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David Stewart
David Stewart, Attorney
Category: Business Law
Satisfied Customers: 128
Experience:  Highly experienced attorney in all aspects of Business Law
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I currently work for a company that does business to

Customer Question

I currently work for a company that does business to business lead generation. I am considering starting my own company that would do the same thing and be in direct competition. It's also likely that I would at some point be taking some of theiron clients. I have NOT ever signed a non compete agreement. Does my current employer have any grounds for legal action against me if I am successful in this endeavor? And before you say it, yes I would be ending my employment with this company before moving forward.
Submitted: 1 month ago.
Category: Business Law
Expert:  David Stewart replied 1 month ago.

Hi Marie - please check to make sure you have not signed an employment agreement, confidentiality agreement, or any other agreement with your current employer and if you have confirm there is nothing in those documents speaking to your issue. Also, most employers have an Employee Handbook or similar document that you may have to sign a document stating you will comply with it. If there is one that document may also have a noncompete clause for you to consider.

If you do not have a noncompete clause in any of those documents to the extent they exist you are free to proceed with your endeavor. The one caveat I will warn you of is to also make sure you are not relying on trade secrets and confidential information such as client lists and client contacts to get your new company started. Federal and state laws protect this information on behalf of your employer. Other than that, just make sure there is not a document you forgot that you signed when you started or that there is not a noncompete provision in some other company document you have agreed to comply with and you should be fine.

Also, just so you know even if there is a noncompete in place, those are only enforceable in very rare and specific instances that from what I read in your statement would not apply to you although you should double check that if you find anything of concern. All the best, David

Customer: replied 1 month ago.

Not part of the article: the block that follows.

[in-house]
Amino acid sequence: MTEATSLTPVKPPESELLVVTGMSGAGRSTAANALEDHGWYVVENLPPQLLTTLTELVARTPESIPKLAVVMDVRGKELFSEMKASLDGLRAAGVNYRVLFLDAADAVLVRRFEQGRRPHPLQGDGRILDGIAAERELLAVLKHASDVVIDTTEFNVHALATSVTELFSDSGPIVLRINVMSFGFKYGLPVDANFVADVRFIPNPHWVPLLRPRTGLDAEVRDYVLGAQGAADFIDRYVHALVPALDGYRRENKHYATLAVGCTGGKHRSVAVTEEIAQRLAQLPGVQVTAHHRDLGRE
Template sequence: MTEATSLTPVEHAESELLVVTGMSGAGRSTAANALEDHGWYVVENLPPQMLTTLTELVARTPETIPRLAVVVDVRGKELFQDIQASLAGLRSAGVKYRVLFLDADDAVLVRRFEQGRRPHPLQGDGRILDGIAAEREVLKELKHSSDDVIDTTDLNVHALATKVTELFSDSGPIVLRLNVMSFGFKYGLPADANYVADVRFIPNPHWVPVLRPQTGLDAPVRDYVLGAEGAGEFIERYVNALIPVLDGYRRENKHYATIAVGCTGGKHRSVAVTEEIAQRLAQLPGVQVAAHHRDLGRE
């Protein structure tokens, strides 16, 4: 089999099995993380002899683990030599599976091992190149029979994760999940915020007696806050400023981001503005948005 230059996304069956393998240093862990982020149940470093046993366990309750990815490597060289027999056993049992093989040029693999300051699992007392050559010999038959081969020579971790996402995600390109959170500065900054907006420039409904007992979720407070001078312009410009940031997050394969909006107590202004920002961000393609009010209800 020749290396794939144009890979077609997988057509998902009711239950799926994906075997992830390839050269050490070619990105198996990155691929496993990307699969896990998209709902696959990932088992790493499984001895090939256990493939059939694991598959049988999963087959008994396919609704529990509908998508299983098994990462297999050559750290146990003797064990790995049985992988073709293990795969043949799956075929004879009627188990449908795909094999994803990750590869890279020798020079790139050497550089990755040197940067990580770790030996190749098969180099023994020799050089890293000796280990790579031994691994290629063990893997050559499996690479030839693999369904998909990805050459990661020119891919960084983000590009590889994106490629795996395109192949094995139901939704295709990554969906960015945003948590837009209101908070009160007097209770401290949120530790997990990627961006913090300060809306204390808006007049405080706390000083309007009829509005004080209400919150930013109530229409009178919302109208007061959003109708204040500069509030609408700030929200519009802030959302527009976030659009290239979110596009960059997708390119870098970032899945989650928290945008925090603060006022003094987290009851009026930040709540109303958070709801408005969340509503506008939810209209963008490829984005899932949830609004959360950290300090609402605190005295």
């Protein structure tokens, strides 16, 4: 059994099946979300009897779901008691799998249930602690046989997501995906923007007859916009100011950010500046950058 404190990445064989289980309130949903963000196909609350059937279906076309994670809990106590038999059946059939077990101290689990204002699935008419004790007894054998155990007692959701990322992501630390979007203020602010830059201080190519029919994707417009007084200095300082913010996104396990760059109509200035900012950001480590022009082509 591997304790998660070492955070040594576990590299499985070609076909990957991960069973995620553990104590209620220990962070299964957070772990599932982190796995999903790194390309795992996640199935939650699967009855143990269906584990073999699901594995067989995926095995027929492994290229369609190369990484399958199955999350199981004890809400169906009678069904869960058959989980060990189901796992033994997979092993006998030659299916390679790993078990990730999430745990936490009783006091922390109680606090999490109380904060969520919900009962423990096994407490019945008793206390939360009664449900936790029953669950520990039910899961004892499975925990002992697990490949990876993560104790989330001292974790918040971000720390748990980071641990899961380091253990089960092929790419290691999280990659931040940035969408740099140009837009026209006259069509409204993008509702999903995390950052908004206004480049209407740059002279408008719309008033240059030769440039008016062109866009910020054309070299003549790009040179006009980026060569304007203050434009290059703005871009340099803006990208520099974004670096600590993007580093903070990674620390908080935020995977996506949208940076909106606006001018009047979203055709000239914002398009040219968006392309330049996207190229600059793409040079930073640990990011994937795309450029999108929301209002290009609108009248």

Ok, I have a follow up question then. You say I can't use trade secrets or client lists, and while I will not be directly using any of their client lists, I do intend to woo some of their current clients. I assumed that would be permissible seeing as how people leave for better offers from competition all the time. Aside from that, much of their data and client lists would be easily obtainable through public info anyway. Can you give me more specifics as to what information could be deemed as "stolen" from them?
Expert:  David Stewart replied 1 month ago.

The things your employer might consider stolen trade secrets would be for example the name and direct dial of a client contact that is not readily available through public information. This type of contact information would be considered confidential to your employer for instance when the client is a huge corporation and the contact purchasing the services was only able to be obtained through marketing calls and time spent by your employer and not readily available through public searching.

My prior reply stated "client lists" and this is really too broad in this context. It is more the confidential information you know through working through your employer about the clients on the list that can be considered a trade secret. Please also keep in mind, however, that this is very subjective and if you can google search and find the information or find it through other public application you should be fine and will not even receive a claim. Other types of information to be cautuious when using would be price lists and your using those from your employer to underbid them for jobs. However, if you are a big success which I hope you are they may well want to try and stop you. I hope this helps you! David

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